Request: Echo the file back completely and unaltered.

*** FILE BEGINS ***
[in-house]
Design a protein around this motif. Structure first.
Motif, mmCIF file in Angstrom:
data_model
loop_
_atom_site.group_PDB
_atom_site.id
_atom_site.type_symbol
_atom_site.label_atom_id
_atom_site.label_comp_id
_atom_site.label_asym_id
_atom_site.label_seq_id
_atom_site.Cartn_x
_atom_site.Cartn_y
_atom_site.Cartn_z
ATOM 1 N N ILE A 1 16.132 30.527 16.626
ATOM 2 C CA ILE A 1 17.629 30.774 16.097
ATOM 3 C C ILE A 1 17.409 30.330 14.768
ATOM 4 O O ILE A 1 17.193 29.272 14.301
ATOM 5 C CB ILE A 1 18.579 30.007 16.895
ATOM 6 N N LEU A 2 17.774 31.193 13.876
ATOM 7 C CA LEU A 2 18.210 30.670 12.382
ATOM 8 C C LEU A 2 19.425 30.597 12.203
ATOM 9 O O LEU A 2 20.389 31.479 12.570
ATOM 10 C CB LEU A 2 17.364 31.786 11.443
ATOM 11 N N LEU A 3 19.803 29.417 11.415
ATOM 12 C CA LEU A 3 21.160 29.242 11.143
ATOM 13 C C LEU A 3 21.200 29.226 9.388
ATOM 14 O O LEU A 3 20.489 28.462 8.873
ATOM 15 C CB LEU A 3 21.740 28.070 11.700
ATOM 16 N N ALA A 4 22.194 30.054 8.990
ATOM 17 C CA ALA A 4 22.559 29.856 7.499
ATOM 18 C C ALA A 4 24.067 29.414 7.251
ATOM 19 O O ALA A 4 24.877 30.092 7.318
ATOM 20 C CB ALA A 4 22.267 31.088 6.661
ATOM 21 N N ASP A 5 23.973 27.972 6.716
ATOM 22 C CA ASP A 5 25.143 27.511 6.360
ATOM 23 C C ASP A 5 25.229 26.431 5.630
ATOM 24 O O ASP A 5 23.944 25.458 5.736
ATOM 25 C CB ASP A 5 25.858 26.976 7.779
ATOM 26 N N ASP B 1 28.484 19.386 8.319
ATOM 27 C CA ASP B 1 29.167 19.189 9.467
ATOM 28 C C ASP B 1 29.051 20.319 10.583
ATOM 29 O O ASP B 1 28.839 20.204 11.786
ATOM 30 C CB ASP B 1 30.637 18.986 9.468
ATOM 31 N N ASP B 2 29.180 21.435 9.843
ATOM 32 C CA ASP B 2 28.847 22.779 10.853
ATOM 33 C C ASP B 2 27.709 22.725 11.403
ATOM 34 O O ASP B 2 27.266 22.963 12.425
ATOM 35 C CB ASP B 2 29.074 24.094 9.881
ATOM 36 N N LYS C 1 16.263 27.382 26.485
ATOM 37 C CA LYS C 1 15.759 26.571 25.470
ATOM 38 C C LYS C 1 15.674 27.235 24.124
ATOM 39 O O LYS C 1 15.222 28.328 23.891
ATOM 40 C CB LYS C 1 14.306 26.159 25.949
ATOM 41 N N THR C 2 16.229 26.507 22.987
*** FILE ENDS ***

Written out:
[in-house]
Design a protein around this motif. Structure first.
Motif, mmCIF file in Angstrom:
data_model
loop_
_atom_site.group_PDB
_atom_site.id
_atom_site.type_symbol
_atom_site.label_atom_id
_atom_site.label_comp_id
_atom_site.label_asym_id
_atom_site.label_seq_id
_atom_site.Cartn_x
_atom_site.Cartn_y
_atom_site.Cartn_z
ATOM 1 N N ILE A 1 16.132 30.527 16.626
ATOM 2 C CA ILE A 1 17.629 30.774 16.097
ATOM 3 C C ILE A 1 17.409 30.330 14.768
ATOM 4 O O ILE A 1 17.193 29.272 14.301
ATOM 5 C CB ILE A 1 18.579 30.007 16.895
ATOM 6 N N LEU A 2 17.774 31.193 13.876
ATOM 7 C CA LEU A 2 18.210 30.670 12.382
ATOM 8 C C LEU A 2 19.425 30.597 12.203
ATOM 9 O O LEU A 2 20.389 31.479 12.570
ATOM 10 C CB LEU A 2 17.364 31.786 11.443
ATOM 11 N N LEU A 3 19.803 29.417 11.415
ATOM 12 C CA LEU A 3 21.160 29.242 11.143
ATOM 13 C C LEU A 3 21.200 29.226 9.388
ATOM 14 O O LEU A 3 20.489 28.462 8.873
ATOM 15 C CB LEU A 3 21.740 28.070 11.700
ATOM 16 N N ALA A 4 22.194 30.054 8.990
ATOM 17 C CA ALA A 4 22.559 29.856 7.499
ATOM 18 C C ALA A 4 24.067 29.414 7.251
ATOM 19 O O ALA A 4 24.877 30.092 7.318
ATOM 20 C CB ALA A 4 22.267 31.088 6.661
ATOM 21 N N ASP A 5 23.973 27.972 6.716
ATOM 22 C CA ASP A 5 25.143 27.511 6.360
ATOM 23 C C ASP A 5 25.229 26.431 5.630
ATOM 24 O O ASP A 5 23.944 25.458 5.736
ATOM 25 C CB ASP A 5 25.858 26.976 7.779
ATOM 26 N N ASP B 1 28.484 19.386 8.319
ATOM 27 C CA ASP B 1 29.167 19.189 9.467
ATOM 28 C C ASP B 1 29.051 20.319 10.583
ATOM 29 O O ASP B 1 28.839 20.204 11.786
ATOM 30 C CB ASP B 1 30.637 18.986 9.468
ATOM 31 N N ASP B 2 29.180 21.435 9.843
ATOM 32 C CA ASP B 2 28.847 22.779 10.853
ATOM 33 C C ASP B 2 27.709 22.725 11.403
ATOM 34 O O ASP B 2 27.266 22.963 12.425
ATOM 35 C CB ASP B 2 29.074 24.094 9.881
ATOM 36 N N LYS C 1 16.263 27.382 26.485
ATOM 37 C CA LYS C 1 15.759 26.571 25.470
ATOM 38 C C LYS C 1 15.674 27.235 24.124
ATOM 39 O O LYS C 1 15.222 28.328 23.891
ATOM 40 C CB LYS C 1 14.306 26.159 25.949
ATOM 41 N N THR C 2 16.229 26.507 22.987